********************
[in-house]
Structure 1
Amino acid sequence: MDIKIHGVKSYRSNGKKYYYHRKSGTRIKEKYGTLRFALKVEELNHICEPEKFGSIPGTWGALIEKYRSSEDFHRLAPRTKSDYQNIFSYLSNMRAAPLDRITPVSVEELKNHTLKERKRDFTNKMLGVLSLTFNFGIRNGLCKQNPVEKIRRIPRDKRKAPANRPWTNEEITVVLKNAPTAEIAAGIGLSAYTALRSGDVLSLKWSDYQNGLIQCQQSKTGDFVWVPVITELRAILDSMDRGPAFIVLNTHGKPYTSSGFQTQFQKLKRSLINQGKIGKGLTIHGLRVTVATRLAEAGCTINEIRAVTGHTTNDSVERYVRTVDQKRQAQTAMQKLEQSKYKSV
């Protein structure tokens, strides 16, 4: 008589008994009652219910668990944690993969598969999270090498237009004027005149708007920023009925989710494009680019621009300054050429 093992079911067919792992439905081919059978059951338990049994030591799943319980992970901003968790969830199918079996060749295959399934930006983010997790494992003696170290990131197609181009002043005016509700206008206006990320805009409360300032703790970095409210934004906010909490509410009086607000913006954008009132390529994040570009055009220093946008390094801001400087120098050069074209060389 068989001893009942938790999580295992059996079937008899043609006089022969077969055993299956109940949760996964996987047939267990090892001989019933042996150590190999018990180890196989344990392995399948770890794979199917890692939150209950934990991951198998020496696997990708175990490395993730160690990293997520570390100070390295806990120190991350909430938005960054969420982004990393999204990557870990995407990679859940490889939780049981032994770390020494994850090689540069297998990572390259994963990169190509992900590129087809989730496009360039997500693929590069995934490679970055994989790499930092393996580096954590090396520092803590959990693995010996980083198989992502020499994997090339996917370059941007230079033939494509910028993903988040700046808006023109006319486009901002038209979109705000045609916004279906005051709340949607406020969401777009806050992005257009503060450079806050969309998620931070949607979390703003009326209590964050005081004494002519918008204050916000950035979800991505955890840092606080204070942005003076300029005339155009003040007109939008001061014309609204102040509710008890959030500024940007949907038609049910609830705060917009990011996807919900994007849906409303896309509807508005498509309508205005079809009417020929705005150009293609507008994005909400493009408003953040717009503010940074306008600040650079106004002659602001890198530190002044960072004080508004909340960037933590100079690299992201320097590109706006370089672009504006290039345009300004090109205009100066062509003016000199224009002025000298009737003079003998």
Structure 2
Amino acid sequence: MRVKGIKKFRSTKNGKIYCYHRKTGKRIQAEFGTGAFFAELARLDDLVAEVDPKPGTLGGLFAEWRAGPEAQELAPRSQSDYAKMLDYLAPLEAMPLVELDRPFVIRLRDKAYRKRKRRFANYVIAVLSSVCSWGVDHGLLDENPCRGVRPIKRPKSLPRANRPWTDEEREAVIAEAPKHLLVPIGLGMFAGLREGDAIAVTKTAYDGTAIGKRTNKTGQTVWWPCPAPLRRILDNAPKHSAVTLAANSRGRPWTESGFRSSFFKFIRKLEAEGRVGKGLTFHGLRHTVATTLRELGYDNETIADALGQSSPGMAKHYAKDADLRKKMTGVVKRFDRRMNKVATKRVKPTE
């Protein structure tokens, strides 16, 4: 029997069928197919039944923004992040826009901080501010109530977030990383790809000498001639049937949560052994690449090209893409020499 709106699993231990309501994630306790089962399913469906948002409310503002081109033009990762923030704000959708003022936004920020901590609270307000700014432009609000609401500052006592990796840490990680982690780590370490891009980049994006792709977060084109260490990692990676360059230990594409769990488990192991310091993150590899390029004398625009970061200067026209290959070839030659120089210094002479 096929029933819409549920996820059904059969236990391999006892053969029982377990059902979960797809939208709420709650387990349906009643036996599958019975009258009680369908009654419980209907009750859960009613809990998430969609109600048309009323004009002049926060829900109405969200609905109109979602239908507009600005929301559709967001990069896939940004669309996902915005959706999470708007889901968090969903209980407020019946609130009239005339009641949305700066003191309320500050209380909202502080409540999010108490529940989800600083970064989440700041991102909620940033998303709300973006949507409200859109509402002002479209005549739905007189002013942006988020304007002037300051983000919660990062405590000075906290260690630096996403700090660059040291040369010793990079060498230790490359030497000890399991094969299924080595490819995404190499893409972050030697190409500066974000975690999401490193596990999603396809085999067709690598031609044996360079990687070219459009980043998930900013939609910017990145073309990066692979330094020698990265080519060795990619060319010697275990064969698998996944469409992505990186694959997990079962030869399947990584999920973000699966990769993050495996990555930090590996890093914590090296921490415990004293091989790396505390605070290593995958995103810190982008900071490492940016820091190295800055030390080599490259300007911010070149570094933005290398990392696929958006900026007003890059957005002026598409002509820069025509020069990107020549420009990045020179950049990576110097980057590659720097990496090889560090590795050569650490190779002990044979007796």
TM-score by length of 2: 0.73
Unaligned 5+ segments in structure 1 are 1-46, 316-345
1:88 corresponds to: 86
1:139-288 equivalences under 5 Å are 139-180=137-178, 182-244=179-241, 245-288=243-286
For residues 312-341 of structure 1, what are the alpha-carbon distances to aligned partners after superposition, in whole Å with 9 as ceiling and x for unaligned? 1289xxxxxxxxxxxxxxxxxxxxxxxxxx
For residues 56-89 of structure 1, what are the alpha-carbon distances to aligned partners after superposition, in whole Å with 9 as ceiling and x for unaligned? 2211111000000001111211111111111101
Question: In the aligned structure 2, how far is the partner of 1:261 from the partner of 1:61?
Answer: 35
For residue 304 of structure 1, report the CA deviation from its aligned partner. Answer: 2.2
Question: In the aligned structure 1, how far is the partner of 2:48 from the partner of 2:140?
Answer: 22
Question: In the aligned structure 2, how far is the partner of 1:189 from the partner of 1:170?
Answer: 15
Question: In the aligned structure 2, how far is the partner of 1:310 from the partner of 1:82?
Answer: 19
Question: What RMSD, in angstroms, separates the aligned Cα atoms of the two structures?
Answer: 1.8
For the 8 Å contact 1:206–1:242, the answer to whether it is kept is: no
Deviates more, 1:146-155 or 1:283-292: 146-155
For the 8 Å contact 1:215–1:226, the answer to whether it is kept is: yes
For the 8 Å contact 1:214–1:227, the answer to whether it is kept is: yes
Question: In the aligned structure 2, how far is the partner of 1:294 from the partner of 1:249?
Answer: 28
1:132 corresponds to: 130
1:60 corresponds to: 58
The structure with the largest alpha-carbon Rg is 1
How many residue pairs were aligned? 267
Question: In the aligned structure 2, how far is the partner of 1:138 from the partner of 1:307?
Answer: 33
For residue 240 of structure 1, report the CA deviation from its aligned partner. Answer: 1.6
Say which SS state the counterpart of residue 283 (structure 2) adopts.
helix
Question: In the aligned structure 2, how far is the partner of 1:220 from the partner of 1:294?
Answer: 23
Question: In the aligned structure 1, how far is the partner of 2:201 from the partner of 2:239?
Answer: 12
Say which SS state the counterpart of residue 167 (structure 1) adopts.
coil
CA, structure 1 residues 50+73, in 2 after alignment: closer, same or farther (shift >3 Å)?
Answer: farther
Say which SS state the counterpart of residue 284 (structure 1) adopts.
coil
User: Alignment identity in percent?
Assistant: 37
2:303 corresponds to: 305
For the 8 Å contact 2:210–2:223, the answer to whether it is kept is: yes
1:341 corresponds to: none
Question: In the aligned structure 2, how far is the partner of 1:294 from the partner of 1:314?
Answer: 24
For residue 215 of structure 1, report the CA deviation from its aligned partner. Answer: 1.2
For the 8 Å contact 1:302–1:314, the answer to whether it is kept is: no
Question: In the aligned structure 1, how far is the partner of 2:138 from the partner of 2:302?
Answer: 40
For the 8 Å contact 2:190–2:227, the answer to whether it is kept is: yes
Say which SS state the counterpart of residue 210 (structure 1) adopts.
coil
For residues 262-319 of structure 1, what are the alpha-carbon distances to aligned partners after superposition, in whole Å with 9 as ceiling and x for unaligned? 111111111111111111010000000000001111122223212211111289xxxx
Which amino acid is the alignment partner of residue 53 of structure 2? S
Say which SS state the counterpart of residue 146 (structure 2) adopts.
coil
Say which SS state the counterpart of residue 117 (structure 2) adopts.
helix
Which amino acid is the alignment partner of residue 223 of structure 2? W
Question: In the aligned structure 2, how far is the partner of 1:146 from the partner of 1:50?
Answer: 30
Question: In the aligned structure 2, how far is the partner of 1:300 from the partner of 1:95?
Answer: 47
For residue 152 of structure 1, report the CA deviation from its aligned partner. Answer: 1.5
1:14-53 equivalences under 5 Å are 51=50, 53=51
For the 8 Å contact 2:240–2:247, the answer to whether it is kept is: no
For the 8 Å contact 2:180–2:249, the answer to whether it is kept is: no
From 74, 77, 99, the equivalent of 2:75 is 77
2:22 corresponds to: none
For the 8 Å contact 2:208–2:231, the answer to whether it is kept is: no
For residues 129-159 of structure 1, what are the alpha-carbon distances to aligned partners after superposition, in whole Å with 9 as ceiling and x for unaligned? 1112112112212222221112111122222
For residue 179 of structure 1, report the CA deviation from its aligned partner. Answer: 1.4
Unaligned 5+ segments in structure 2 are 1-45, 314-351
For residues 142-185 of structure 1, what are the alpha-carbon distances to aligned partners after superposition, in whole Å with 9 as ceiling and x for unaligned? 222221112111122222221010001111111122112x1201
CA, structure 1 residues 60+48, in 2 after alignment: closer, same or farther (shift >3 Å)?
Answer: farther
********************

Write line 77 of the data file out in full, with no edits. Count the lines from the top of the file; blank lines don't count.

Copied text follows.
For the 8 Å contact 2:240–2:247, the answer to whether it is kept is: no